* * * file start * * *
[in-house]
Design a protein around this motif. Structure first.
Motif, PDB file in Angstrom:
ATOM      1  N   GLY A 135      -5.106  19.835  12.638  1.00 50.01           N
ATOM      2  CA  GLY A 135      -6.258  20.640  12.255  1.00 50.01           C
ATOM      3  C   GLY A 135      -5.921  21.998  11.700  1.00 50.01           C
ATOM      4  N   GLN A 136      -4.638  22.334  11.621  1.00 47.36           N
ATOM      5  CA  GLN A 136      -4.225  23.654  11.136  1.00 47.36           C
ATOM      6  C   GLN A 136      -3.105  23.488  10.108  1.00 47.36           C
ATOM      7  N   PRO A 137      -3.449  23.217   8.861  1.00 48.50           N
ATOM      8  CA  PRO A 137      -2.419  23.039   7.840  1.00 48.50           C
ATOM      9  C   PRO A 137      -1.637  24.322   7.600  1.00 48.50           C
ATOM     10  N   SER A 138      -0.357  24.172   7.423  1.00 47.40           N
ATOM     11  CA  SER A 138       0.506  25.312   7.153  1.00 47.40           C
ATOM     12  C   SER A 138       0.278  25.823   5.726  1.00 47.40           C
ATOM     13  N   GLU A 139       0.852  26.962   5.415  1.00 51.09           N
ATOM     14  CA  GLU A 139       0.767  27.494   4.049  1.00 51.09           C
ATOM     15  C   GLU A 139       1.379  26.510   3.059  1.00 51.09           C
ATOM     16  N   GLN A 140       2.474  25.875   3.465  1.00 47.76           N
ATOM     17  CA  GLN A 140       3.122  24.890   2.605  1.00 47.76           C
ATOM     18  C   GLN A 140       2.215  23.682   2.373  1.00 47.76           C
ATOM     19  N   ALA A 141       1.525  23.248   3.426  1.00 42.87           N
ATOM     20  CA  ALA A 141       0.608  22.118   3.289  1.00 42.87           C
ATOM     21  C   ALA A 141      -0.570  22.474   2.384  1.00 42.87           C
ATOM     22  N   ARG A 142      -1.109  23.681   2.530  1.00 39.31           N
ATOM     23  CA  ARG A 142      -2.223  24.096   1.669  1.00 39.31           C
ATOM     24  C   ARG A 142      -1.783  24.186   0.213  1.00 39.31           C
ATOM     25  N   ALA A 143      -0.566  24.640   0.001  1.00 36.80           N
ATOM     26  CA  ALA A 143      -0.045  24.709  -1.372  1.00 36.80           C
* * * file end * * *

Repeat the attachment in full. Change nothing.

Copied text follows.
[in-house]
Design a protein around this motif. Structure first.
Motif, PDB file in Angstrom:
ATOM      1  N   GLY A 135      -5.106  19.835  12.638  1.00 50.01           N
ATOM      2  CA  GLY A 135      -6.258  20.640  12.255  1.00 50.01           C
ATOM      3  C   GLY A 135      -5.921  21.998  11.700  1.00 50.01           C
ATOM      4  N   GLN A 136      -4.638  22.334  11.621  1.00 47.36           N
ATOM      5  CA  GLN A 136      -4.225  23.654  11.136  1.00 47.36           C
ATOM      6  C   GLN A 136      -3.105  23.488  10.108  1.00 47.36           C
ATOM      7  N   PRO A 137      -3.449  23.217   8.861  1.00 48.50           N
ATOM      8  CA  PRO A 137      -2.419  23.039   7.840  1.00 48.50           C
ATOM      9  C   PRO A 137      -1.637  24.322   7.600  1.00 48.50           C
ATOM     10  N   SER A 138      -0.357  24.172   7.423  1.00 47.40           N
ATOM     11  CA  SER A 138       0.506  25.312   7.153  1.00 47.40           C
ATOM     12  C   SER A 138       0.278  25.823   5.726  1.00 47.40           C
ATOM     13  N   GLU A 139       0.852  26.962   5.415  1.00 51.09           N
ATOM     14  CA  GLU A 139       0.767  27.494   4.049  1.00 51.09           C
ATOM     15  C   GLU A 139       1.379  26.510   3.059  1.00 51.09           C
ATOM     16  N   GLN A 140       2.474  25.875   3.465  1.00 47.76           N
ATOM     17  CA  GLN A 140       3.122  24.890   2.605  1.00 47.76           C
ATOM     18  C   GLN A 140       2.215  23.682   2.373  1.00 47.76           C
ATOM     19  N   ALA A 141       1.525  23.248   3.426  1.00 42.87           N
ATOM     20  CA  ALA A 141       0.608  22.118   3.289  1.00 42.87           C
ATOM     21  C   ALA A 141      -0.570  22.474   2.384  1.00 42.87           C
ATOM     22  N   ARG A 142      -1.109  23.681   2.530  1.00 39.31           N
ATOM     23  CA  ARG A 142      -2.223  24.096   1.669  1.00 39.31           C
ATOM     24  C   ARG A 142      -1.783  24.186   0.213  1.00 39.31           C
ATOM     25  N   ALA A 143      -0.566  24.640   0.001  1.00 36.80           N
ATOM     26  CA  ALA A 143      -0.045  24.709  -1.372  1.00 36.80           C